By Rachel Bowman
ASSISTANT FEATURES EDITOR
The current Hofstra undergraduate student was between the ages of two and five years old on the day of Sept. 11, 2001. For current out-of-state students, the memory of the day may only be as vague as flashes on a television screen. As for locals, the day hits closer to home and their memories may be more vivid. For alumni on campus that day, their lives and the Hofstra community were never the same.
“It was the most lucid memory of my college career,” said Jamie Cohen, Program Director of the New Media program at Molloy College and Hofstra alum. Cohen described the communication on campus before the attack as completely different than it is today. Cell phones were still relatively new, and there was no easy access to the internet or apps for news. “There was no way of knowing what was going on except through text message,” he explained.
Cohen had first heard about the event while walking to class with a friend that morning. “Something weird happened,” she said to him while walking from The Netherlands to Breslin Hall. She explained to Cohen that she saw on the news that morning a plane had flown into the World Trade Center.
That first class of the morning for Cohen was canceled. When he had arrived in the classroom his professor stated, “We can’t have class today, we’ve been attacked.” A second plane had hit the World Trade Center. The atmosphere of the classroom turned into distress. “Two kids immediately burst into tears,” Cohen said. Many of the students’ parents worked there.
Cohen left to go meet his friend outside her classroom in Breslin, but she was unable to leave class as her professor had no idea what had happened. He left Breslin to go to Dempster Hall, now The Lawrence Herbert School of Communications, to watch the news on the television screens in the building. At that moment, Cohen watched the first tower fall. “It just sort of exploded,” Cohen described. The moment became very somber, and he even remembers somebody passing out.
Cohen then walked outside of Dempster next to the Benjamin Franklin statue, where he remembers another student turned to him and said, “You know we’re going to war, right?”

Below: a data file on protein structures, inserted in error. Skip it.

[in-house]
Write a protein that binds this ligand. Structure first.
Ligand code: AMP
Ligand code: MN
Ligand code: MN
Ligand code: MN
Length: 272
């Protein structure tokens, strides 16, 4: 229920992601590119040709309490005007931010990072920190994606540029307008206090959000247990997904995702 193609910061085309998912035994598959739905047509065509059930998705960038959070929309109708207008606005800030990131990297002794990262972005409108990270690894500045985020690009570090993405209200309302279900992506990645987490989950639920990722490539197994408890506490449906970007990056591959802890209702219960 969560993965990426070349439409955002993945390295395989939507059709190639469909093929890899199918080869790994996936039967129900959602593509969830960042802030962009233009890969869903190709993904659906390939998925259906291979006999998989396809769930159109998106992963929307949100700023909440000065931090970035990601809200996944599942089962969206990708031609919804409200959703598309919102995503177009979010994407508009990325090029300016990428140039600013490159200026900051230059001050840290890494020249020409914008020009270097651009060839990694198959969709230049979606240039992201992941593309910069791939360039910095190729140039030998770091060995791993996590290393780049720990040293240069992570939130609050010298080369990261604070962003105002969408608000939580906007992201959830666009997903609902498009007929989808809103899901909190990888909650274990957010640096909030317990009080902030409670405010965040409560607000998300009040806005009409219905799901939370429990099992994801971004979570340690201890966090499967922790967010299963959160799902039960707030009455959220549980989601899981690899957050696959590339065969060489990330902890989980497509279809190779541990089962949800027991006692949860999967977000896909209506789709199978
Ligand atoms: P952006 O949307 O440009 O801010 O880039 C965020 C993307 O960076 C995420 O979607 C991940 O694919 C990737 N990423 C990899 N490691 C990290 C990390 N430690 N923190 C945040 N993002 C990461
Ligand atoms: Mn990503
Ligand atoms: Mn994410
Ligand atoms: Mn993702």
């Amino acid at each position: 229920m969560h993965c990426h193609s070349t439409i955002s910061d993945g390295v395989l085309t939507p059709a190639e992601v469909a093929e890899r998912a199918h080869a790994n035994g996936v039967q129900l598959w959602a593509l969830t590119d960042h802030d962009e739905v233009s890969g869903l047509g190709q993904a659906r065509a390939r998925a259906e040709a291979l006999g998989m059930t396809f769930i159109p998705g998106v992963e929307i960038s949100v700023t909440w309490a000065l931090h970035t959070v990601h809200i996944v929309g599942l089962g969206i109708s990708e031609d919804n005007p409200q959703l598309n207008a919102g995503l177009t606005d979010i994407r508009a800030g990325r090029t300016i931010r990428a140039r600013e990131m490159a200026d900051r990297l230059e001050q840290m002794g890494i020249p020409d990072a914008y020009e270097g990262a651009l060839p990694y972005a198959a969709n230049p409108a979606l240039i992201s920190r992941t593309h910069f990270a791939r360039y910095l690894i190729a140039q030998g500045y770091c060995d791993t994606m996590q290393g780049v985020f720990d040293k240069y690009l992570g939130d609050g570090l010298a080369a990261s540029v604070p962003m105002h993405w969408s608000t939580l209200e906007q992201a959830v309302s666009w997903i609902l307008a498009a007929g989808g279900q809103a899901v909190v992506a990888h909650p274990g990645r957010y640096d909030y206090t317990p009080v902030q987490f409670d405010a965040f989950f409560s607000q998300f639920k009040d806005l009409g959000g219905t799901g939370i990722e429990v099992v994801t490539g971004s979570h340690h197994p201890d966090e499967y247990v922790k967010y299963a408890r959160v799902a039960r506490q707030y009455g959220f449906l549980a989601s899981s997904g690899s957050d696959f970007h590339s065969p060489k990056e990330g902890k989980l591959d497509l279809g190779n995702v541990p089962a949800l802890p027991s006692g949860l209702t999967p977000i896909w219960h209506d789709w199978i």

“Hofstra had a view,” Cohen said, “Adelphi and Molloy don’t have that.” He went to the top floor of the Constitution residence hall to get a view of the Manhattan skyline. While he was standing there, the second building fell.
He remembered at that moment the journalist on television couldn’t even talk. “We count on journalists to know what to say,” Cohen said. He understood that the reporter’s lack of words truly represented the impact that moment was about to have on the world.
“That’s the moment we were ultra-bonded,” Cohen said. “We knew the world would never be the same.”
The outcome of that day created a community of creative initiatives on campus. “[Students] don’t know how to do things emotionally when we’re taught to compartmentalize things,” Cohen said. The aftermath of the event was impactful, and that year saw the birth of many of today’s current organizations on campus such as The Heat Network.
Cohen has even channeled that creative energy into a fiction book he hopes to publish one day. “People went to a building to watch buildings crumble,” he said, and he wants to share that story in a book.
“We often lose sight of the bigger picture,” Cohen reflected. “My story isn’t special.” Many people in the Hofstra community suffered immense pain and loss that is still felt today.
The community came together at that time, and the culture of America has been forever changed. Cohen shared a final message stating, “No one knows when things are going to happen, we have to do our best to support each other.”